Dan: One is just at the end of the day, just being good friends. Brandon (Saller, – drums and vocals) and Alex (Varkatzas – vocals) and myself went to middle school together, we’ve known each other forever. We spent more than half our lives playing music together so we just have a chemistry that’s been working since we were kids. As well as that, once we met Travis (Miguel – rhythm guitar) and Marc (McKnight – bass), it just felt right. Having good musicianship and making the band itself sonically sound good are very important, but it’s not necessarily going to hold a band together. It’s like dating. Taking our hiatus and trying to do other ventures, especially musically, we really realised how valuable our chemistry was and how well we write together. When we got back together and started writing together again, it was incredibly easy, almost too easy, compared to how it is writing with other people in other scenarios. We definitely have something very special and I think that’s something we all realised, so it makes it easier to want to be here and do it.

AH: So now you’ve told us the record is out in September. How has the recording process been? Has it taken a while to get this one ready?
Dan: No, strangely. We were all so excited and inspired. By the time it came around to doing it, we just pumped the songs out pretty fast. Sometimes we’d write two or three songs in one sitting, doing rough demos on our phones and sending them over to Alex and he’d come up with lyrics to it. We broke the record into two halves – we went in and recorded the first half, then came up with the vocal melodies and guitar solos for the second half in the studio as we were going along. Then when we finished the first half, we went back to the second and worked on the next 5 or 6 songs. We’d never really approached it that way before and for us, it was better, instead of “let’s write 15 songs and try to remember them all and write them all and play them all in one go”. Let’s just do a few at a time and really focus on these songs, give them much more attention, that way they can be the best they can be.

AH: We’ve heard ‘So Others May Live’ and it’s a real return to your roots, it’s good to hear that raw energy coming from you guys again, there’s no ‘Lead Sails Paper Anchor’ here. How does the rest of the record sound?
Dan: It’s very similar in that sense, it’s a lot more classic Atreyu but with the production of ‘Lead Sails’ in terms of the grandeur and the rock vibe. I don’t want to think too much about it because I want people to form their own opinions of it, but we know what we’re doing now, we’re a lot better songwriters than we were. We’ve worked with so many different producers and learned a lot from each one of them, and collectively we’ve taken everything we’ve learned and put this record together. It’s a beast! There’s nothing worse than being all “this is the heaviest record you’ve ever heard in your life” and people hear it and think “this isn’t as heavy as I thought it was going to be”. I’d rather just be like “I’m really proud of this record, go and check it out, if you like Atreyu, you’ll like this record.”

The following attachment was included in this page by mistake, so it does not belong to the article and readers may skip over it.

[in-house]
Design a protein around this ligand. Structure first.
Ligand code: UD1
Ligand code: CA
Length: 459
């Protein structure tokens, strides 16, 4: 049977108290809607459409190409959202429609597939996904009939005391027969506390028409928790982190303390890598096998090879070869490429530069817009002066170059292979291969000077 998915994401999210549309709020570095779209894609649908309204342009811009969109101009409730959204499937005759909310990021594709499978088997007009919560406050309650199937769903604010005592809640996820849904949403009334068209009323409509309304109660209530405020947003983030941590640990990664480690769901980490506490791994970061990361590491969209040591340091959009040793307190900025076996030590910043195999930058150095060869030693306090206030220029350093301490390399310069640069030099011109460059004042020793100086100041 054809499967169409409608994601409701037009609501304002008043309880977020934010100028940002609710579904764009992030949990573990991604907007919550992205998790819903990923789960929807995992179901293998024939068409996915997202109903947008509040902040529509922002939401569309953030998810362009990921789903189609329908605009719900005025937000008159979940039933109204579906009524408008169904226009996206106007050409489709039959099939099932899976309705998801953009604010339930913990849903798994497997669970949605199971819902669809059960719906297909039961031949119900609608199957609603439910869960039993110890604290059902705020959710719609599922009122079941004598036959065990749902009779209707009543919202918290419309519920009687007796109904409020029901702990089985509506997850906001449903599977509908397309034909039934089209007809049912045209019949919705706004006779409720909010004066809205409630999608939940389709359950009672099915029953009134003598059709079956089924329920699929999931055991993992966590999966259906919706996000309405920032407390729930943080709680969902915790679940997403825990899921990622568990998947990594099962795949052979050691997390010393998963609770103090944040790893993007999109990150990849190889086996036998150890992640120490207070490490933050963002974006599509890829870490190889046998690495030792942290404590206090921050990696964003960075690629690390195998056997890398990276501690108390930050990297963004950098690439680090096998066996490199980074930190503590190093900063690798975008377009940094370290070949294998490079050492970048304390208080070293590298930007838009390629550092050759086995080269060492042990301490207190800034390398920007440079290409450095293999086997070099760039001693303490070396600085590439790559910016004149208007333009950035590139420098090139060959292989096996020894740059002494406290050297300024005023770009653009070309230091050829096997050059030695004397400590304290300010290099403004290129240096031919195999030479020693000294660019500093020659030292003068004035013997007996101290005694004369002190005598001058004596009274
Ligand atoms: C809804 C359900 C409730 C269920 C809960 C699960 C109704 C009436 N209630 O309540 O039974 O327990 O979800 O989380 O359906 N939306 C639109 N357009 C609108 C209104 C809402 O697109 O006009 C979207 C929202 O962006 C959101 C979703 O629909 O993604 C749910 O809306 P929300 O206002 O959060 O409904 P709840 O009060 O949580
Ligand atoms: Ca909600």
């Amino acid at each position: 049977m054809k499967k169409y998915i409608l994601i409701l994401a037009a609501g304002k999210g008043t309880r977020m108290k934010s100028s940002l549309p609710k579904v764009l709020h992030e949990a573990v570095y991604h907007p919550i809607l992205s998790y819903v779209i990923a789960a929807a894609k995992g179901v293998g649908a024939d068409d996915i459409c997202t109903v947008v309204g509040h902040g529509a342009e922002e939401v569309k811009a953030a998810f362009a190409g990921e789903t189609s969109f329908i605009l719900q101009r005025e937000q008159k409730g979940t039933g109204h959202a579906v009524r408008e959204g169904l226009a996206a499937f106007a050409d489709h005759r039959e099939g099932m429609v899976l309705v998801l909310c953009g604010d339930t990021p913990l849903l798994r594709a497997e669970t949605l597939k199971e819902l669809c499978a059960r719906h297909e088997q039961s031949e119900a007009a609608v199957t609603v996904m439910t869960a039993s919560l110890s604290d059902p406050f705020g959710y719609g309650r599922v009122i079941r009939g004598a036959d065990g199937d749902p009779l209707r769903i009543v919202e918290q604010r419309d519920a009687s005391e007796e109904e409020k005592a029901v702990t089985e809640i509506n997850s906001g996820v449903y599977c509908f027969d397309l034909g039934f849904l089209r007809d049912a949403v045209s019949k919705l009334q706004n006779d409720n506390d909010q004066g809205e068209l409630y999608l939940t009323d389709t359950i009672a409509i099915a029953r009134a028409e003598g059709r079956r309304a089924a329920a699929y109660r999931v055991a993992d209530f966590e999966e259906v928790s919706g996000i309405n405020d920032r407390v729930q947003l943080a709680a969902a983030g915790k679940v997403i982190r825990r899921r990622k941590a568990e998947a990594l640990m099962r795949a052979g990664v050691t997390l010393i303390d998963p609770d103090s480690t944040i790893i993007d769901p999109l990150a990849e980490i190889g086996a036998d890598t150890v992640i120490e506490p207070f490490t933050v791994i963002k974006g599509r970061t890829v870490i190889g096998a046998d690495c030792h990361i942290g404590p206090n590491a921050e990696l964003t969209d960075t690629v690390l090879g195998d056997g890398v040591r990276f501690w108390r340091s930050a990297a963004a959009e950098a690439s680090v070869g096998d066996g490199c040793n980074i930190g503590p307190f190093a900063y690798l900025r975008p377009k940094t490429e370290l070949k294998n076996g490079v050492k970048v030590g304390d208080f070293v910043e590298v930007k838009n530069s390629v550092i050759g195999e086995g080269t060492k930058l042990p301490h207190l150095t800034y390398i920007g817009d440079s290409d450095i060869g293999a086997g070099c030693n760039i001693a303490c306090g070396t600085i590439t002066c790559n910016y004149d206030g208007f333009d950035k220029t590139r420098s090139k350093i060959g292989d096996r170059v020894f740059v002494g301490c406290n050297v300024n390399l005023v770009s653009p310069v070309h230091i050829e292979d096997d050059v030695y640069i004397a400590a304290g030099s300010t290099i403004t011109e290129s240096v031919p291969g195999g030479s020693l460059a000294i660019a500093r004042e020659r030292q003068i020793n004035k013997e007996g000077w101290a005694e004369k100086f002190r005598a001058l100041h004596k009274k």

AH: Speaking of your past records, you’ve created a different atmosphere with every return to the studio, ‘Lead Sails’ is completely different to ‘The Curse’ for example. If you could go back and revisit a record, either re-recording it or revisiting the tour, which would you go back to?
Dan: Probably ‘Lead Sails’! If we did it again, there’d probably be a lot more aggressive vocals this time around, not entirely, some songs would still be similar to how they were, but there’s definitely a few songs that wouldn’t have made it on the record as well as the vocals would’ve been done a bit differently. It was definitely special for us because we went out on a limb with it, we were already a very different sounding band – nobody sounds exactly like Atreyu! So for us to take another left turn created something really cool, interesting and relevant but different. We tried to progress on every record, but we finally realised we didn’t need to keep progressing, we just needed to do what we do best as a band and as individuals, which is what I think we’ve done on this record [Long Live]. We’ve done what can people do best and if something makes someone uncomfortable, we’ll scratch it and move onto something else. We don’t conform to the scene if the scene doesn’t conform to us.